“We were looking for something to do,” Garnsey says. “Bored!” This is the first time they have bowled at Strike City, but they are excited about the atmosphere.
“I just found out they have a bar here,” Garnsey says. “It makes two reasons to come here.”
Strike City Lanes, 1170 Hwy. 99 N. (541) 688-8900. www.bowlstrikecity.com
“Tick tock on the clock, but the party don’t stop, no-o-o-o-o!”
A group of young girls sing along to the Ke$ha song playing on the radio in the bright fluorescent lights of Emerald Lanes before running off to another group of young people and the arcade games.
The lanes, all full, entertain people from all walks of life on this Saturday night. A crowd made up mostly of middle and high schoolers traveling in packs is interspersed with an occasional toddler and plenty of adults.
Behind the counter where patrons can rent shoes or buy equipment, Brian Zientara waits for customers. He has worked at Emerald Lanes, near the Oakway Center, for six years and says it’s an all-ages crowd all the time.
Emerald, which doesn’t do cosmic bowling, houses 14 total leagues on six nights a week. “We have the most leagues in town,” Zientara says.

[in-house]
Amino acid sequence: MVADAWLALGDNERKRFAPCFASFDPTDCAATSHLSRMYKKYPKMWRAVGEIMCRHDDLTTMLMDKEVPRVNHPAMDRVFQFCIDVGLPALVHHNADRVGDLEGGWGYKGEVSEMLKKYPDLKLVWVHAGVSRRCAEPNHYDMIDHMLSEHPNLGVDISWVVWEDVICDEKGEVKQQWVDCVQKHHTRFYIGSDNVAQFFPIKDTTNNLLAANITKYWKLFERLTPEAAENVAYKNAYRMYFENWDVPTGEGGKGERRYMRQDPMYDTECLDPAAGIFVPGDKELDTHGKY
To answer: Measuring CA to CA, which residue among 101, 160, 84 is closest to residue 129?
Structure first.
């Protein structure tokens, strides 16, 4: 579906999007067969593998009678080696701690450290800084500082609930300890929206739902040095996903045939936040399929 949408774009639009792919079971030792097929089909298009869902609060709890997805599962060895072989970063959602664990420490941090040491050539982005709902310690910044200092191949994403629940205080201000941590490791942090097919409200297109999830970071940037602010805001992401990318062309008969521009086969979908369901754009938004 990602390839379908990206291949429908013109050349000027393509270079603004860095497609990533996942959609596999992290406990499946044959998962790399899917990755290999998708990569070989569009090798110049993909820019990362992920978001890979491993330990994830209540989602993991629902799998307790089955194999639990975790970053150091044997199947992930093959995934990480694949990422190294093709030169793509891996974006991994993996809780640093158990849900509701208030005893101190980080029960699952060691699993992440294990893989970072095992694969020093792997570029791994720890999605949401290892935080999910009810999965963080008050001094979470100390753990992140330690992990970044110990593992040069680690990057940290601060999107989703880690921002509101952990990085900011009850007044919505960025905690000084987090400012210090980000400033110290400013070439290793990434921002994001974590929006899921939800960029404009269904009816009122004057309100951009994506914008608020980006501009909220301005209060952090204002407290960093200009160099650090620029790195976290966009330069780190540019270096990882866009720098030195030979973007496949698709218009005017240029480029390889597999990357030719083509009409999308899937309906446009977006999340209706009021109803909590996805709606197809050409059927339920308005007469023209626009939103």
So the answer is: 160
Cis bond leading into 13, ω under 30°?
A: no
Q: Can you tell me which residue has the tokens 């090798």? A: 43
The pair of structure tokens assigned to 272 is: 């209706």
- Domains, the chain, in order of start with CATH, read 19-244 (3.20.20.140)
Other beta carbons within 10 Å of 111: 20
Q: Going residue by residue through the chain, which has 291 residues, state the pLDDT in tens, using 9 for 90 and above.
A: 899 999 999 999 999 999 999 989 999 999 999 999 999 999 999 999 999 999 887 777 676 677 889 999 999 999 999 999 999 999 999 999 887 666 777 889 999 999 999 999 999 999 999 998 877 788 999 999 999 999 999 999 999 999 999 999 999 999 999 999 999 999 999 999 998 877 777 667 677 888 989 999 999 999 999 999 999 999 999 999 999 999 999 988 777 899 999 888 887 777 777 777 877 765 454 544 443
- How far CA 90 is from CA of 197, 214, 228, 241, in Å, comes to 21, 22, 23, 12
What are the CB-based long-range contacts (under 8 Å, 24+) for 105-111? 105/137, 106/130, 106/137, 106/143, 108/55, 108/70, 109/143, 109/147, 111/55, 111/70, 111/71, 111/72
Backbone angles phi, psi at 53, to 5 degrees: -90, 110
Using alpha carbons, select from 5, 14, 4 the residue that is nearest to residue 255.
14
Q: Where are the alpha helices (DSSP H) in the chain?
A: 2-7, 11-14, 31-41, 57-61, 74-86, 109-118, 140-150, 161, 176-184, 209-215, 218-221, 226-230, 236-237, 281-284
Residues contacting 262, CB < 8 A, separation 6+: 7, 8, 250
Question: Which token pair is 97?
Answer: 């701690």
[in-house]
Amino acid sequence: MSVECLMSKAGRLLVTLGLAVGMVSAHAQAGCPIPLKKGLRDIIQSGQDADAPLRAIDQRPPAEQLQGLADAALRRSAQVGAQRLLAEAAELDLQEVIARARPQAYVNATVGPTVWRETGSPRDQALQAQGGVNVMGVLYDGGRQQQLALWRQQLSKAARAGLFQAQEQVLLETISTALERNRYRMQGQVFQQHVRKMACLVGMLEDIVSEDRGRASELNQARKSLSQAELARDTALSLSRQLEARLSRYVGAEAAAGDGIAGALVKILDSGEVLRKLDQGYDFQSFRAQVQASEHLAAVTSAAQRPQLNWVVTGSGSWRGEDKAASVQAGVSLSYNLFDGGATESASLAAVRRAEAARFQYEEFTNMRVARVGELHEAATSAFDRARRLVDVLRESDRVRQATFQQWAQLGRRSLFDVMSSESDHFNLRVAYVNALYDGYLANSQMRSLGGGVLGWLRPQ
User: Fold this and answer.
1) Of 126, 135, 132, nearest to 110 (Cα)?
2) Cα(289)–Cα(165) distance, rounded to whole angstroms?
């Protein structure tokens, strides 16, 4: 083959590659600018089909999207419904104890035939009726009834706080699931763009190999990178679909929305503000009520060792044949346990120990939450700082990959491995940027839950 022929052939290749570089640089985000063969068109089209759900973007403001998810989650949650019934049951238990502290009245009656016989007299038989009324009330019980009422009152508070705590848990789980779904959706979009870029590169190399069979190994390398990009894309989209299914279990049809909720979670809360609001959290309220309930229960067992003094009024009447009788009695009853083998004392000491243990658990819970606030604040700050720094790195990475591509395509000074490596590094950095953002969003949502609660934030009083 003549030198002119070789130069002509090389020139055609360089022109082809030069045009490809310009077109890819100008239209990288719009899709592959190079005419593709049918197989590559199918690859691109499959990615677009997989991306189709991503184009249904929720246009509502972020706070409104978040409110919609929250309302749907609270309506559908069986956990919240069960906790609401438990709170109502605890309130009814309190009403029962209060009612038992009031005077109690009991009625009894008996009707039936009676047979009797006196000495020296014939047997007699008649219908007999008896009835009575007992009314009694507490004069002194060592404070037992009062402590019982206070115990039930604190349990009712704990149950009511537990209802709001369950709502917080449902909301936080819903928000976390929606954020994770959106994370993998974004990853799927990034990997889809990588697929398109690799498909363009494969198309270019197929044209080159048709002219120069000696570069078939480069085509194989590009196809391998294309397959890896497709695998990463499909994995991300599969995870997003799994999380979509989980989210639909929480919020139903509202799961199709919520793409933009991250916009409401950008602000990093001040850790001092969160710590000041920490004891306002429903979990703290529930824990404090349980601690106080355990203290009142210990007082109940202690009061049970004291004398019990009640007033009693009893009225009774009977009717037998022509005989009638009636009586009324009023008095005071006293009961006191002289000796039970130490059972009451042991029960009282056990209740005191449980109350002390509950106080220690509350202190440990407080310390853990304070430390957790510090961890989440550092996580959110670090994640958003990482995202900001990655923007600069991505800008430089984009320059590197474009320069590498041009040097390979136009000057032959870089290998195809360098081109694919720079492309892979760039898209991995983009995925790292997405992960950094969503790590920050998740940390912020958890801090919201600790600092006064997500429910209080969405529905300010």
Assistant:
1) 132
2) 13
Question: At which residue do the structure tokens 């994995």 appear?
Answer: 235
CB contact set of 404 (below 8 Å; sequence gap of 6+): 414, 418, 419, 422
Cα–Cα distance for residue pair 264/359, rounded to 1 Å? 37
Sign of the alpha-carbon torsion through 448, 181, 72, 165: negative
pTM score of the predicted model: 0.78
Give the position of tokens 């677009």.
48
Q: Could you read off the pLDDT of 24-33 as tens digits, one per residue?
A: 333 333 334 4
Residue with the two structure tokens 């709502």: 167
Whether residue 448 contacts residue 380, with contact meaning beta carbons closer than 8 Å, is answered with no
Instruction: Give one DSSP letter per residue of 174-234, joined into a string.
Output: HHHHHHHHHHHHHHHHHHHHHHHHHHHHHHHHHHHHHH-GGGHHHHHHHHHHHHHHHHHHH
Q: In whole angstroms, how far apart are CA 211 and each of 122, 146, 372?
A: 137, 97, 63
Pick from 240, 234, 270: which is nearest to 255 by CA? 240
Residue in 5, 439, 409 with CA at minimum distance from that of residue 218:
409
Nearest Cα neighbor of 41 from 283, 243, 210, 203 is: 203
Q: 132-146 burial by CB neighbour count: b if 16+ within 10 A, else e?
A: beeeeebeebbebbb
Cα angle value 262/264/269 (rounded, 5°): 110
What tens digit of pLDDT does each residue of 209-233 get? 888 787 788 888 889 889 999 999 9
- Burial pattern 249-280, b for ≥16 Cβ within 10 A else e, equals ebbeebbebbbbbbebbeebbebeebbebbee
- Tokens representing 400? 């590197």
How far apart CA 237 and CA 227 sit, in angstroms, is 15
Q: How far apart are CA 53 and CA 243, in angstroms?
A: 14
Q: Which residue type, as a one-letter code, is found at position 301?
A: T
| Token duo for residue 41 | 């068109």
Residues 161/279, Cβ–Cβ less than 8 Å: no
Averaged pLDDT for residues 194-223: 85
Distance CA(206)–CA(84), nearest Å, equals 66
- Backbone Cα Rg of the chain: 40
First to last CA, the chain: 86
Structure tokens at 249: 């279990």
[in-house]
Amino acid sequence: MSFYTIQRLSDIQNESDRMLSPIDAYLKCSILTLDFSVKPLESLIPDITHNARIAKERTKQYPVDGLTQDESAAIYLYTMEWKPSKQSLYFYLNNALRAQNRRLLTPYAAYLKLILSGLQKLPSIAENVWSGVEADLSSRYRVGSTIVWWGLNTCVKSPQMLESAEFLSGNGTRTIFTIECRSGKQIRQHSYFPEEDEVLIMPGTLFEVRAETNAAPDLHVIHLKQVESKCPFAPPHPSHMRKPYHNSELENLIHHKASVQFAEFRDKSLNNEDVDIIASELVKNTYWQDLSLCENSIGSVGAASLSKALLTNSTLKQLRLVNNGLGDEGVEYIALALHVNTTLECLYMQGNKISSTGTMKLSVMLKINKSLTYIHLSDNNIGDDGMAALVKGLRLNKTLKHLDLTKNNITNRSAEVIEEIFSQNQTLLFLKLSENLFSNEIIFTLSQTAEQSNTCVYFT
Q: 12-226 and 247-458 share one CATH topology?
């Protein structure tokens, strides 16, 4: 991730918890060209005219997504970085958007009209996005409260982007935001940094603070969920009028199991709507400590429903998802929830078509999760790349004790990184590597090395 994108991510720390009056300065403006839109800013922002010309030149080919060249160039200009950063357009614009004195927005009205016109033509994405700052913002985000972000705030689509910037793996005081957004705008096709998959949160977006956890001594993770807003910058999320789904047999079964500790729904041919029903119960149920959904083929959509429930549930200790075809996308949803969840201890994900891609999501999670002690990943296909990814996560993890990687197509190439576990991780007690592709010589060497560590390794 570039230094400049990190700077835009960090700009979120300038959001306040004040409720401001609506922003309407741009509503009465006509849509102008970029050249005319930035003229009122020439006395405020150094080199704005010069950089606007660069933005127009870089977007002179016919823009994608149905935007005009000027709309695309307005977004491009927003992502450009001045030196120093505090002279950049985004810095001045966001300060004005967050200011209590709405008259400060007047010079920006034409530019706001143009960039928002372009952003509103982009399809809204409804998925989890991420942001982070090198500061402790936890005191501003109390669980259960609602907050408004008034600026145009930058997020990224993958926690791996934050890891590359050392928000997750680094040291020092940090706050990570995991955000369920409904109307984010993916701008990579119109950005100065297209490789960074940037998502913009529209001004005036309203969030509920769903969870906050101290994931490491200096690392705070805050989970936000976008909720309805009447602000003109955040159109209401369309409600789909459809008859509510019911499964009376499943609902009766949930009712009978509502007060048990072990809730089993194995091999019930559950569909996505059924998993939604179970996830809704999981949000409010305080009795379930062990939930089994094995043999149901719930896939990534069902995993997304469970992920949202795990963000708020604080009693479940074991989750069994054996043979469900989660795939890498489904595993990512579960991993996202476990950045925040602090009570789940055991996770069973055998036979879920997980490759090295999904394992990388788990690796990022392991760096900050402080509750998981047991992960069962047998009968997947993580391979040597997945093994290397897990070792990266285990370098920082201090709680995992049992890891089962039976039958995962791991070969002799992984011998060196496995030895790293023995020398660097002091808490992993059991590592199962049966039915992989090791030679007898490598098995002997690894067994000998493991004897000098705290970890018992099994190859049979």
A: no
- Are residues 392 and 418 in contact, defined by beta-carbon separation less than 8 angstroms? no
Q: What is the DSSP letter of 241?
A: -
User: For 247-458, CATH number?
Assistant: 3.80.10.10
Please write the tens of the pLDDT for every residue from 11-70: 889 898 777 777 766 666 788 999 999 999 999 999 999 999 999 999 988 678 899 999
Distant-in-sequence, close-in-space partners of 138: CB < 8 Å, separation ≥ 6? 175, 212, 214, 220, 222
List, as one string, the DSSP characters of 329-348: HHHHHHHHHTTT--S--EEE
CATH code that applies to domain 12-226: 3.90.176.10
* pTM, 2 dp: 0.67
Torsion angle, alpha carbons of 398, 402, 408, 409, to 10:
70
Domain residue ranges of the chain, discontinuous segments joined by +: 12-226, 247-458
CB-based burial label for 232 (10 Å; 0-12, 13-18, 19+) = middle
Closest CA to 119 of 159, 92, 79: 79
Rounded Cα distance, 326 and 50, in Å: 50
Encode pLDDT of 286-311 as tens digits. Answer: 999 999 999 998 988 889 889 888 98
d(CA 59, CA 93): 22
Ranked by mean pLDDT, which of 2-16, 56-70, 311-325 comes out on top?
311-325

On an overwhelmingly teenage Saturday night, you don’t exactly expect to find top tier bowlers, but Zientara used to be a professional. When asked if he’s ever bowled a 300, he instantly responds, “Fifteen.” However, he’s cut back on the intensity of his bowling since then.
“I just kind of got burned out on it,” he says. “If you’re going to be at that level, it’s like a job.”
Emerald Lanes, 140 Oakway Rd. (541) 342-2611.
Tuesday is Casino League night at Southtowne Lanes in South Eugene and the loud atmosphere and adult crowd suggests the name is not too far off.
Kathy, a five-year veteran of the league in a red sweater and matching skort, is happy to talk about her league, “but I’m getting ready to bowl!”
After her turn, she high-fives her teammates and comes back to explain that she joined the league after moving to Eugene from Alaska.
“I like the socialization. I like the competition and it’s just a night that I relax after work,” she said.
A group of burly, intimidating men in black “Bowling for Beer” shirts are a little more outspoken. “This is the best league in town,” they agree. They’re the self-proclaimed loud ones of the league. “The only louder ones are the winos over there,” says Glen, pointing to a team of women he says is called “Ladies’ Night Out.”
Boomer Johnston works the front desk and calls this the more conservative league. “More waters and Pepsis,” he says.
Southtowne seems to have a night for everybody. Monday sees the college crowd, he says — fans of loud music and a party. Wednesday has a younger league that drinks more beer, and Thursdays are slow. Johnston calls Friday and Saturday a “mixed bag” of families and young people from all walks of life, and Sunday is “casual family bowling.”
Southtowne Lanes, 2486 Willamette St. (541) 345-8575. www.southtownelanes.com